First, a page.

Society has failed to unpack the madness of motherhood. The lifelong responsibility of caregiving is often reduced to smiling women cooing at babies on television and glossy Instagram photos of perfectly poised tots celebrating their birthdays or the holidays. Only when something unconscionable happens does anyone think to examine the tax of motherhood and how it might impact someone’s mental health.
In 2013, a 39-year-old Senegalese Frenchwoman named Fabienne Kabou sat her 15-month-old baby on the beach in Berck-sur-Mer, France, and let her get carried away by the sea. It was a horrific crime that shocked the country and fascinated documentary filmmaker Alice Diop, who was pregnant at the time of Kabou’s 2016 trial.
In her debut feature film 'Saint Omer,' Diop interweaves fact with fiction.
Saint Omer opens with Rama (Kayije Kagame), a stoic novelist focusing on her new book as the weight of her pregnancy and estranged relationship with her mother looms in the background. Seemingly unnerved by the impending birth of her first child, Rama puts her focus elsewhere, traveling from her home in Paris to Saint-Omer, where a young woman named Laurence Coly (Guslagie Malanga) is on trial for infanticide.
Though Rama is watching the trail for her research on the Greek enchantress Medea, Laurence's story haunts her.
The trial reveals an overachieving immigrant who moved to France to study before slowly spiraling out of control. Laurence’s story begins to gnaw at Rama, forcing her to recall an isolated childhood, her distant single mother, and her fear of what’s to come for her own relationship with her child.
Much of Saint Omer is like a talking photograph, with long silences and pensive looks. Most of the action occurs in the wood-covered courtroom where witnesses, the judge, and lawyers fling out questions to one another, desperate to find some tangible motive from Laurence and concrete reason as to why she chose to end Baby Elise’s life.
Using actual transcripts from Kabou's trial to compose her script, Diop delivers an ultrarealistic film.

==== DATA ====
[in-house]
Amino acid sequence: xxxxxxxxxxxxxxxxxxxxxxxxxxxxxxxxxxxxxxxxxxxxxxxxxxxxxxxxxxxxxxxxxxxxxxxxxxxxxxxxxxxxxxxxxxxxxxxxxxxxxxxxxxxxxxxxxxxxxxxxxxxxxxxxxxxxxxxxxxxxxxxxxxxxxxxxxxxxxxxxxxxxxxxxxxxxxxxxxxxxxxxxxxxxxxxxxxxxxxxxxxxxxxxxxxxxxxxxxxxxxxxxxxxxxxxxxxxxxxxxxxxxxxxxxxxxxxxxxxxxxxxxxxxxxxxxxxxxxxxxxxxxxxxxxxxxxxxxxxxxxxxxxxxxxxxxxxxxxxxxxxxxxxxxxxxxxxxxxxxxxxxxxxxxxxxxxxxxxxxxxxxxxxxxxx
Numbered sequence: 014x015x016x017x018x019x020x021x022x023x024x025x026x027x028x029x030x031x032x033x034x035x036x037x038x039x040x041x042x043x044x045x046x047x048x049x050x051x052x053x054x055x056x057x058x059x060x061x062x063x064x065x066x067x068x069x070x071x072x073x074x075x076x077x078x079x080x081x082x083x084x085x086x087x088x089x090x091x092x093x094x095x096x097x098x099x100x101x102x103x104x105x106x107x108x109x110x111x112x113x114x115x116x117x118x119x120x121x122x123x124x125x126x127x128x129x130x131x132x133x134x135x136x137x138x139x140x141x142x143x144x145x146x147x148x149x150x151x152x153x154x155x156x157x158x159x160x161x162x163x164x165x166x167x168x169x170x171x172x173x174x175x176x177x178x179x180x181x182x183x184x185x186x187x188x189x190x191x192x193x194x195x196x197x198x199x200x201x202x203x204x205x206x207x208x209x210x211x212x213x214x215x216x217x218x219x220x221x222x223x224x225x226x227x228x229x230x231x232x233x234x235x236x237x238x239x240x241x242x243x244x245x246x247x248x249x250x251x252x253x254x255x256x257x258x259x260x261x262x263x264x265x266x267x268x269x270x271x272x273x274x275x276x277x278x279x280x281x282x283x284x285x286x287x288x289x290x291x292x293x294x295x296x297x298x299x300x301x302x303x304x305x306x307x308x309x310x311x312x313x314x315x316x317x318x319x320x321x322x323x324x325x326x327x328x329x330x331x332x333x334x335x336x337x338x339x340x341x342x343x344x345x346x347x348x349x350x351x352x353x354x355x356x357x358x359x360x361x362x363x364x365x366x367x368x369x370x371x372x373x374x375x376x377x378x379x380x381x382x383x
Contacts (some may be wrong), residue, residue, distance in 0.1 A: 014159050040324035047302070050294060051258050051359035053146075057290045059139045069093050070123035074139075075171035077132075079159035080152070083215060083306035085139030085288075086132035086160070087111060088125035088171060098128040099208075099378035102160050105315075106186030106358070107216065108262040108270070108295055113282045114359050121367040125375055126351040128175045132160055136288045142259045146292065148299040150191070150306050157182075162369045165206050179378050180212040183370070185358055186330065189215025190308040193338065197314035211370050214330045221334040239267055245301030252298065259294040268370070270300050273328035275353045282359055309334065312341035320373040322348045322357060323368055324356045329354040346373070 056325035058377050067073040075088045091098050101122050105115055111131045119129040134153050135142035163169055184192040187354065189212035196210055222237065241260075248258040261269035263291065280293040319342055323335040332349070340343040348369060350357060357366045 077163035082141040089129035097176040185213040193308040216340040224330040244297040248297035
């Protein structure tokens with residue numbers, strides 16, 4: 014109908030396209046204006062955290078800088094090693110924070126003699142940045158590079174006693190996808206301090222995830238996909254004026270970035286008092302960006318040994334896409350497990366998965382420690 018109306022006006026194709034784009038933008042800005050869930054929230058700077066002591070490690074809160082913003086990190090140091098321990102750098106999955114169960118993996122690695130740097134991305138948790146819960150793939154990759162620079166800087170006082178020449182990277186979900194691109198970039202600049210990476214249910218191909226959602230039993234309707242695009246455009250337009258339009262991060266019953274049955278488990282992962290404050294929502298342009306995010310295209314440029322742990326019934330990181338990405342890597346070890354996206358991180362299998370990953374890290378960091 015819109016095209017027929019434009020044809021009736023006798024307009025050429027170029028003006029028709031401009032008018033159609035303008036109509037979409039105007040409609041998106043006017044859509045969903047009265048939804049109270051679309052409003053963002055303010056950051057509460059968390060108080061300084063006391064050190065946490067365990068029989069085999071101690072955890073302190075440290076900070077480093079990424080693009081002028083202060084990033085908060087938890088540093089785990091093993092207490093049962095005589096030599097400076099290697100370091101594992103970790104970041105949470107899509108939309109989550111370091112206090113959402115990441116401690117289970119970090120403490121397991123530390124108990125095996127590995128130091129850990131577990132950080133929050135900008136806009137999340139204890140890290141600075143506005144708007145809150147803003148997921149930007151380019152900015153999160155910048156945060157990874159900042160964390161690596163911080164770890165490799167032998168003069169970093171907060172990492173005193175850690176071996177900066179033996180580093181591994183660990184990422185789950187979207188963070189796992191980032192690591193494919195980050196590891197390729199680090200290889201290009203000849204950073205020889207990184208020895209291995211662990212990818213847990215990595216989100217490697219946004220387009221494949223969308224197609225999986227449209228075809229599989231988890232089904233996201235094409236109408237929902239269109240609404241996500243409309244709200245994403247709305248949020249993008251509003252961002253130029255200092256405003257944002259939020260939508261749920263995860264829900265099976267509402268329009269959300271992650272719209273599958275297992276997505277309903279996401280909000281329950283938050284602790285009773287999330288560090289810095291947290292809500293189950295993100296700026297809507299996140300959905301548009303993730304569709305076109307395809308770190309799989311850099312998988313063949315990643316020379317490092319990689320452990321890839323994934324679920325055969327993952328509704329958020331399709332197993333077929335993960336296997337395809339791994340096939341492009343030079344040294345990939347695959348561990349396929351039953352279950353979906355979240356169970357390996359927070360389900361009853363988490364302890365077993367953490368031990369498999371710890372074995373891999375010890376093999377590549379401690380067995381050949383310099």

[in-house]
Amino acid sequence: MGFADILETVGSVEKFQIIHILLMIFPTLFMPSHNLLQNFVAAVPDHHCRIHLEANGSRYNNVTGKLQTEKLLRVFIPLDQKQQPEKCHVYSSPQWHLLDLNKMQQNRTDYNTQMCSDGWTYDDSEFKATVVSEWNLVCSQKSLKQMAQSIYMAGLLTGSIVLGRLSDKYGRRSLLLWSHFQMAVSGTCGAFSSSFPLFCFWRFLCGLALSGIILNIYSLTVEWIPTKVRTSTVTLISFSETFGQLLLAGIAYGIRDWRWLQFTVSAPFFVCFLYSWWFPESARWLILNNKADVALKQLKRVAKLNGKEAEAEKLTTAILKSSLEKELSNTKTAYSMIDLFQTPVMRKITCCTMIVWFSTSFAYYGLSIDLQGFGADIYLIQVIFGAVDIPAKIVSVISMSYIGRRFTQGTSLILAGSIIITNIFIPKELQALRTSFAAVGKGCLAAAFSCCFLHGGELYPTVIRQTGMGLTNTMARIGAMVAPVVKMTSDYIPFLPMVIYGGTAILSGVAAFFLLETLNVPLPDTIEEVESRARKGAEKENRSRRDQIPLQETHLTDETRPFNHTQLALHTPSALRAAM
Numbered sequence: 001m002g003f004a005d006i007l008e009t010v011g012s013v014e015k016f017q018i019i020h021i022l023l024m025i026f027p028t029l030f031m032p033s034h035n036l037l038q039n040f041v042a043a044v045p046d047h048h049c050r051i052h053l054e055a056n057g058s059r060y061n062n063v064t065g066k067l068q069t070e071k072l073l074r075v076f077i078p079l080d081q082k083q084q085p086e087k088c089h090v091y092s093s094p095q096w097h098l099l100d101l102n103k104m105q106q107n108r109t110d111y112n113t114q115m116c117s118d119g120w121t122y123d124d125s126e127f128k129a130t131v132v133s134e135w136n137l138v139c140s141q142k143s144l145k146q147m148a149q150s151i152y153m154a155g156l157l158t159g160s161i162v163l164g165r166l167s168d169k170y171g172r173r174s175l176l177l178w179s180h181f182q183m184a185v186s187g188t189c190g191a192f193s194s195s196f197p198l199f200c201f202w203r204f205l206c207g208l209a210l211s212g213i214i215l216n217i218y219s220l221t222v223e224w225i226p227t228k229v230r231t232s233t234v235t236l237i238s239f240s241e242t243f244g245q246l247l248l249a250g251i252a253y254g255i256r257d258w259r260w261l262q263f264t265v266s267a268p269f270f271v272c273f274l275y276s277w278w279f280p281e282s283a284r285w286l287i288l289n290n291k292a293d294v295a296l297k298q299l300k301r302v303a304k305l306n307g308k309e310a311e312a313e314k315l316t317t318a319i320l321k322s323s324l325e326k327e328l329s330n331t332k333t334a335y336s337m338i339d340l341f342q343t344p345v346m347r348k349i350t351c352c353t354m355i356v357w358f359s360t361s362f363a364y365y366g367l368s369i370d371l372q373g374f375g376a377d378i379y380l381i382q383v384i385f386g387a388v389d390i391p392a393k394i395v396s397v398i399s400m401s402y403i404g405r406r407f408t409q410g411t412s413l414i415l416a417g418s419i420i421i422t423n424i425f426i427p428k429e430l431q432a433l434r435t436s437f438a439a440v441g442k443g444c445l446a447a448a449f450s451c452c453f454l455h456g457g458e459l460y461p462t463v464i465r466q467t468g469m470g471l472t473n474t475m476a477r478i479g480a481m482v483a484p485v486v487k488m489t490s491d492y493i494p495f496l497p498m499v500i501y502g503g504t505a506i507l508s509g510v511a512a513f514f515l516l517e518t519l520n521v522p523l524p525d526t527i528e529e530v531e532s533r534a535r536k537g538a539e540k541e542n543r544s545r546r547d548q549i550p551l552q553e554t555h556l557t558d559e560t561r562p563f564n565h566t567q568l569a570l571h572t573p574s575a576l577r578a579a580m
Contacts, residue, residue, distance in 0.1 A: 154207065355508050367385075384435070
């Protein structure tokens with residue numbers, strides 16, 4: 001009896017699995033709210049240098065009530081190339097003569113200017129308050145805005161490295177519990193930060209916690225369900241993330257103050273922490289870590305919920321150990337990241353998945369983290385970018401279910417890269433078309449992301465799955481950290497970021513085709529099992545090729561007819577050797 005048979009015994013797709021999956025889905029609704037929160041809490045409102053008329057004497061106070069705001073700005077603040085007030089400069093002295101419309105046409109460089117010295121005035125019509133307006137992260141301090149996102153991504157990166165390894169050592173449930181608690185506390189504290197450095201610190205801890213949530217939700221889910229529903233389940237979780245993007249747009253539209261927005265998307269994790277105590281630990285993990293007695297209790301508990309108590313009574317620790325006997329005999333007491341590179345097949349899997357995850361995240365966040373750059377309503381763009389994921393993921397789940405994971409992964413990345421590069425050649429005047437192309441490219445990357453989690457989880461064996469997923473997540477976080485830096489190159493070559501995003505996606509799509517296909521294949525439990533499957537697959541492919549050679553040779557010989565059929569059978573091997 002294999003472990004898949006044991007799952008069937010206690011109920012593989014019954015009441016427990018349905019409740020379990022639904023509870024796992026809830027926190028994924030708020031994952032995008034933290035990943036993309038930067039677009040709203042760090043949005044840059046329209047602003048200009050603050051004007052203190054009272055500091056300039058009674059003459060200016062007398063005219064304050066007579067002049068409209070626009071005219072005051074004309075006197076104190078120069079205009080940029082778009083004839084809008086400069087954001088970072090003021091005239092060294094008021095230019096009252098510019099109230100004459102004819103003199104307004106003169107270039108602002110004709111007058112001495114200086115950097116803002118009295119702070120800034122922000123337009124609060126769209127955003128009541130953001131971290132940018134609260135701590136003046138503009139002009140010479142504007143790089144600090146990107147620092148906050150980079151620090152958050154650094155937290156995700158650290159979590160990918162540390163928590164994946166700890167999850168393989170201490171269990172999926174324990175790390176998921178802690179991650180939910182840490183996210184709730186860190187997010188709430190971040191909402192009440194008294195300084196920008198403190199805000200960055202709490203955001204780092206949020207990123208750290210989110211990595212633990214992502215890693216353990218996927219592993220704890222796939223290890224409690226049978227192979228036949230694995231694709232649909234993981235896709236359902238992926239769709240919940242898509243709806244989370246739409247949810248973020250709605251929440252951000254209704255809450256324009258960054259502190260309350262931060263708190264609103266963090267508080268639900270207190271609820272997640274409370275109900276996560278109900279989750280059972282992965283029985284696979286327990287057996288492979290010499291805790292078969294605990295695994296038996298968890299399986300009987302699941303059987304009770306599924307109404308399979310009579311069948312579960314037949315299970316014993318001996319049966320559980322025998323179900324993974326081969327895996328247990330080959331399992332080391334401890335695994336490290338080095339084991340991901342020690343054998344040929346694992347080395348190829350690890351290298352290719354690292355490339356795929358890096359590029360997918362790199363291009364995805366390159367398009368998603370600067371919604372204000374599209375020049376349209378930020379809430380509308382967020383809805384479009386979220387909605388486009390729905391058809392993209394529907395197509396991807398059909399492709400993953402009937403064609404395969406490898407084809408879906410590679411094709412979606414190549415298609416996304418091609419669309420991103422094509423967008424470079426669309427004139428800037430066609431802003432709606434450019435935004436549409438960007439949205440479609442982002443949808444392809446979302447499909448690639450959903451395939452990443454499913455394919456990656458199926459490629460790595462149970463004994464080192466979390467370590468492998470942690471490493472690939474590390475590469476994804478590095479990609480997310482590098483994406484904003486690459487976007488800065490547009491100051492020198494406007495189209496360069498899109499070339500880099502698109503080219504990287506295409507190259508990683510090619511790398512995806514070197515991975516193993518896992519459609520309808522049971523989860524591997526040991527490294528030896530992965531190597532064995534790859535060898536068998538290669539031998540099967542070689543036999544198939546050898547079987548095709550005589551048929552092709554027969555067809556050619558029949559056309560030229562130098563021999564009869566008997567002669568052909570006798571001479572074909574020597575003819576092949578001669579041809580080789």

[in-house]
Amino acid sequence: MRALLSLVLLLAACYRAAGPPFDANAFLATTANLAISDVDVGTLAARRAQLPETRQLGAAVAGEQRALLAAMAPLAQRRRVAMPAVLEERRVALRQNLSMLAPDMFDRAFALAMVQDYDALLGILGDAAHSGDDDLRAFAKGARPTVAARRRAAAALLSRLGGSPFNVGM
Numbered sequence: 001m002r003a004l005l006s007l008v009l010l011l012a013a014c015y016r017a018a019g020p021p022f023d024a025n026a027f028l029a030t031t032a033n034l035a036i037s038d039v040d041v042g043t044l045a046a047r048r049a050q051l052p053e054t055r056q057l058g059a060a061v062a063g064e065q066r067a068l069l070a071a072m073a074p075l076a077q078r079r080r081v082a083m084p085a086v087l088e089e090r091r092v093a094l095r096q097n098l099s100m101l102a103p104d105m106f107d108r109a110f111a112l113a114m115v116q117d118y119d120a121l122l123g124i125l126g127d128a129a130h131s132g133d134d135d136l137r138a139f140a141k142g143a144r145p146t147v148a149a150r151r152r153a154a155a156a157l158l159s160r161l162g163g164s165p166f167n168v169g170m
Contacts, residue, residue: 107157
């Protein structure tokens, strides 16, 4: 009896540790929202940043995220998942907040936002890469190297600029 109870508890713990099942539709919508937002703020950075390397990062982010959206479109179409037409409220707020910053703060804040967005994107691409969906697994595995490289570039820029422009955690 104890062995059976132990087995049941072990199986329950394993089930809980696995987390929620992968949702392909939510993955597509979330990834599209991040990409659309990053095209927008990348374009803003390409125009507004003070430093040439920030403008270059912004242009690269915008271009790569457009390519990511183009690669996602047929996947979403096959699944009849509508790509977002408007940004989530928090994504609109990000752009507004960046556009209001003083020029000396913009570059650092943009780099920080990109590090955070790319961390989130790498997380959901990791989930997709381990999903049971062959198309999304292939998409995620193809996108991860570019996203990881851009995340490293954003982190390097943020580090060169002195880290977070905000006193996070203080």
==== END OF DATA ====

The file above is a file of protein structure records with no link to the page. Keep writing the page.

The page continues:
The shock of the crime is written on all the actors’ faces, especially Kagame, whose elegant demeanor wilts as the movie presses forward. Malagna is equally commanding as Laurence, replying to all of the questions asked of her with a polite but eery coolness that’s nearly unreadable.
As the judge and the prosecutor try desperately to determine what drove Laurence toward this choice, be it witchcraft, a mental break, or something else entirely, the audience realizes that the why isn’t the point of Diop’s film.
Since the We filmmaker chose to tell this story from Rama’s point of view, it offers a perspective toward Laurence that we wouldn’t ordinarily be privy to. A humanization that is typically only afforded to white killers. It is not to sympathize with Laurence but to allow the audience to understand the world as she may have. In court, constant racial microaggressions are lambasted toward her. Baby Elise’s father, an older married white man, continuously makes her feel othered, and as the timeline of her life in France is revealed, it becomes clearer how she may have been pulled to the edge of herself.
'Saint Omer' doesn't offer any answers but instead examines two strangers connected by trauma, one who can never undo what she's done and another who isn't sure she will be able to break her own familial curse.
As Saint Omer wraps, we don’t get to learn Laurence’s fate. Instead, we see Rama with her swollen belly, sending time with her mother, now with a new understanding of the emotional toll of motherhood and how she might seek a different path.
Saint Omer premiered Oct. 3, 2022 at the New York Film Festival.
Aramide A. Tinubu is a film critic, consultant and entertainment editor. As a journalist, her work has been published in Netflix’s Tudum, EBONY, JET, ESSENCE, Bustle, The Daily Mail, IndieWire and Blavity. She wrote her master’s thesis on Black Girlhood and Parental Loss in Contemporary Black American Cinema. She’s a cinephile, bookworm, blogger and NYU + Columbia University alum.